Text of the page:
From the early beginnings of computer science, researchers have tried to build systems that are more capable than humans in specific tasks. In particular, tasks have been addressed that are usually associated with intelligence. These have often been games. For instance, computer systems are now the best players in Chess, Jeopardy, Go, and Poker. However, decades of research in artificial intelligence have also revealed that many everyday tasks are much harder to master for artificial systems than tasks that are hard for humans. Therefore, the RoboCup Federation has set itself the goal that "by the mid-21st century, a team of fully autonomous humanoid soccer players shall win the soccer game against the winner of the most recent World Cup". This is very ambitious, because soccer players do not only need a mind, they also need a body, and they act as a team. The problem is addressed with several different soccer leagues, some just simulated, some with driving robots, and some with humanoids. The talk will give an insight in how such systems work with the 2016 Standard Platform League world champion team B-Human as an example.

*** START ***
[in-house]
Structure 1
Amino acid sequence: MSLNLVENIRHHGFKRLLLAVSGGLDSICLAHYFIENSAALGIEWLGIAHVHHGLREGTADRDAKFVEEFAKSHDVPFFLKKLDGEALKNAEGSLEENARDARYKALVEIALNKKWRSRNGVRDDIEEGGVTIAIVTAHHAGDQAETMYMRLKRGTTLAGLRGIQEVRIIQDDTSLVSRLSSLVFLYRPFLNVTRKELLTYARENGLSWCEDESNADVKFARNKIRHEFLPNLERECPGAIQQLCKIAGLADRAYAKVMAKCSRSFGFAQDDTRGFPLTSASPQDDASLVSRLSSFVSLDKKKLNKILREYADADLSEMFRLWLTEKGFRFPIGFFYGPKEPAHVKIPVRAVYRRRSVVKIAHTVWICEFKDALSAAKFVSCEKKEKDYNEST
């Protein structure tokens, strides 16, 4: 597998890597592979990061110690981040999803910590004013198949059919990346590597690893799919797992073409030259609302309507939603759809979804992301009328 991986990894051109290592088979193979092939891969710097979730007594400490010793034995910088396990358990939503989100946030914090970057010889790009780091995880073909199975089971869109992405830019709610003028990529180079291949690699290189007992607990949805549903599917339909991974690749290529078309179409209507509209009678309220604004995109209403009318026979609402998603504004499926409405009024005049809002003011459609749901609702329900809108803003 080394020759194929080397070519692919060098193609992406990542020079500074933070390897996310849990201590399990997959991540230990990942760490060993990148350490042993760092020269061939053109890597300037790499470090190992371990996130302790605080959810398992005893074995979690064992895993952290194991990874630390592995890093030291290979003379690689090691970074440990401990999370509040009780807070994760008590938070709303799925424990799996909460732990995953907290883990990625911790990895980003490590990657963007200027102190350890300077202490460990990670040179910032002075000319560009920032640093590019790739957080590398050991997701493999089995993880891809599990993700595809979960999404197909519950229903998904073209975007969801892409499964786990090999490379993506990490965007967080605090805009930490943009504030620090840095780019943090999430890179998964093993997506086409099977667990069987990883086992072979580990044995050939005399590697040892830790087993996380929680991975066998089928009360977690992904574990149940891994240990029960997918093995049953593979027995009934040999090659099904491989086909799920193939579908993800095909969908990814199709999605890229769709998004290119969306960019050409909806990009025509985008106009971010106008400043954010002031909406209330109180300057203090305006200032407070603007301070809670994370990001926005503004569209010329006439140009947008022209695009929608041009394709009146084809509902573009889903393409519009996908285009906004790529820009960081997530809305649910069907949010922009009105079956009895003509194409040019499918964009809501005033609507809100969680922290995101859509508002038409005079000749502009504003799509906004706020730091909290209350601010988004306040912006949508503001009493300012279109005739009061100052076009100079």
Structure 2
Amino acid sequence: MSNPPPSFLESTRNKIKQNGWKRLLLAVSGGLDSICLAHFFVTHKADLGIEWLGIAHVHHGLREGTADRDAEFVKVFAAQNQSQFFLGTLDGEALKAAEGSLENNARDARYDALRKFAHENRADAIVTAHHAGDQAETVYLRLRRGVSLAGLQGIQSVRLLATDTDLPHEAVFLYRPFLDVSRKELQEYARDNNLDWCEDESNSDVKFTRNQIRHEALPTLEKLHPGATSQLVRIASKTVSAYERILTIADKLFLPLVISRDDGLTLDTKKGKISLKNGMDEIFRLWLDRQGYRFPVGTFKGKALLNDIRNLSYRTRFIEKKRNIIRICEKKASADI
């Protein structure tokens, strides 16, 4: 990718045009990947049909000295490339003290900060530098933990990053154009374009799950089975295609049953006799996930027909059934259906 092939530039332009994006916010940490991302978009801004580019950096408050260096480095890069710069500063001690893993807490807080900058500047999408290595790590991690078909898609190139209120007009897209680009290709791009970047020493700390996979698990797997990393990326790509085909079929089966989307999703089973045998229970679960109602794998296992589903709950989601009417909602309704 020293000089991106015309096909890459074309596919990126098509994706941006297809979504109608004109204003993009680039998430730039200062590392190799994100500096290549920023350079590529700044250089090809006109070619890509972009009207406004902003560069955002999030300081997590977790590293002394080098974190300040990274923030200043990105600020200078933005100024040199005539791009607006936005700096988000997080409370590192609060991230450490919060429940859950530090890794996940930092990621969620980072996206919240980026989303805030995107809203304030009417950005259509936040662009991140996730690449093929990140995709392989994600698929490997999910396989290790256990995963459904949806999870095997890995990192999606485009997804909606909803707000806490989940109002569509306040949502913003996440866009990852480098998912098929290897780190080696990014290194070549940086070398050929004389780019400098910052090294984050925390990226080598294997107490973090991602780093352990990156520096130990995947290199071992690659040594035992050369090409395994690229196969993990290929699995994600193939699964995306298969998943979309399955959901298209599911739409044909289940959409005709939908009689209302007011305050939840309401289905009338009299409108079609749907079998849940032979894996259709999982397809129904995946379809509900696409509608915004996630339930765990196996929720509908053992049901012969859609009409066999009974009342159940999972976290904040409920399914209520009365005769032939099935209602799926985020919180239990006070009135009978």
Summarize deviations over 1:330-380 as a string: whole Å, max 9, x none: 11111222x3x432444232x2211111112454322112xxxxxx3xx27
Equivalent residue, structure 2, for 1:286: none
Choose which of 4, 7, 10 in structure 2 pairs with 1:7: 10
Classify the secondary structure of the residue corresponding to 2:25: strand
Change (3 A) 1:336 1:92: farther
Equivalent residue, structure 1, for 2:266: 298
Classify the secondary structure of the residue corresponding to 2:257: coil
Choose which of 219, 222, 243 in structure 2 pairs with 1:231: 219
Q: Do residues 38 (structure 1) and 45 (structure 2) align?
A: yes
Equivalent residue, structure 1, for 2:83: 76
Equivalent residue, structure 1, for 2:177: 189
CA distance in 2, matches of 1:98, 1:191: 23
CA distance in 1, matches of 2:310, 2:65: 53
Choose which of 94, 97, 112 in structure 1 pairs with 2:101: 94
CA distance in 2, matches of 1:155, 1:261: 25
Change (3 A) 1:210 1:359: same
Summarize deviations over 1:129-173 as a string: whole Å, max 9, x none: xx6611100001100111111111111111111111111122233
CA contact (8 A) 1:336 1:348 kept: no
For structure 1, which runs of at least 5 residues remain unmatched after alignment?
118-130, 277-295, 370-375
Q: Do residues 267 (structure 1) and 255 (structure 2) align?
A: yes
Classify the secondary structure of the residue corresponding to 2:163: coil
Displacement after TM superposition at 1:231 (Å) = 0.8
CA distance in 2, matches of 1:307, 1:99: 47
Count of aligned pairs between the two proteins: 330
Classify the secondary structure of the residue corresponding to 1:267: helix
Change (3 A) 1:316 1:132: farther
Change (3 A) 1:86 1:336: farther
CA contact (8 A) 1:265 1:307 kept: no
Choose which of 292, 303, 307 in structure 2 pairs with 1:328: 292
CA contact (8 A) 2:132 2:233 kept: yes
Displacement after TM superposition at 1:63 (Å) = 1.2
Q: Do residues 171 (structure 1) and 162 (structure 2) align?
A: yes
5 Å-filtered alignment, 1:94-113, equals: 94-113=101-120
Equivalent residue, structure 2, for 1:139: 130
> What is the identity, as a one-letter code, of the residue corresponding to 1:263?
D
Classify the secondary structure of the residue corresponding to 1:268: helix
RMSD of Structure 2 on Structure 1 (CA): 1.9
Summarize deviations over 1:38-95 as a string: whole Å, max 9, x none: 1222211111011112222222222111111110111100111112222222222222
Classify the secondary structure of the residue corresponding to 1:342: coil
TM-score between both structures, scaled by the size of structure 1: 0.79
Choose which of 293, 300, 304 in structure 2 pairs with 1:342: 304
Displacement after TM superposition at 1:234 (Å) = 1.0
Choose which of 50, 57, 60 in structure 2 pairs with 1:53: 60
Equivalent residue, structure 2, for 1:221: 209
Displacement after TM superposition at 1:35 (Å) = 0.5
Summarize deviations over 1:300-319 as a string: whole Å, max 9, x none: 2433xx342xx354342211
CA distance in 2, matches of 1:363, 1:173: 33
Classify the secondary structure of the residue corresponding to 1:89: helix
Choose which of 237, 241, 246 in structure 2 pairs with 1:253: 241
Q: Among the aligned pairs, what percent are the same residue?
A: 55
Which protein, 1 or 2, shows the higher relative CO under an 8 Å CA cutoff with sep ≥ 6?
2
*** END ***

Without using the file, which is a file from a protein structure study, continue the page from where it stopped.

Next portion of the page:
Thomas Röfer received his Diploma degree and PhD degree in computer science from the University of Bremen in 1993 and 1998. He was member of the DFG Transregional Collaborative Research Center “Spatial Cognition: Reasoning, Action, Interaction” between 2003 and 2014. Since 2006, he has been with the German Research Center for Artificial Intelligence (DFKI) in the department for Cyber-Physical Systems. He has been active in RoboCup since 2001, first as the speaker of the three-times world-champion “GermanTeam” in the Four-legged League, then as the leader of the five-times world champion team “B-Human” in the Standard Platform League. His research interests include humanoid robots, real-time computer vision, robot simulation, and behavior control.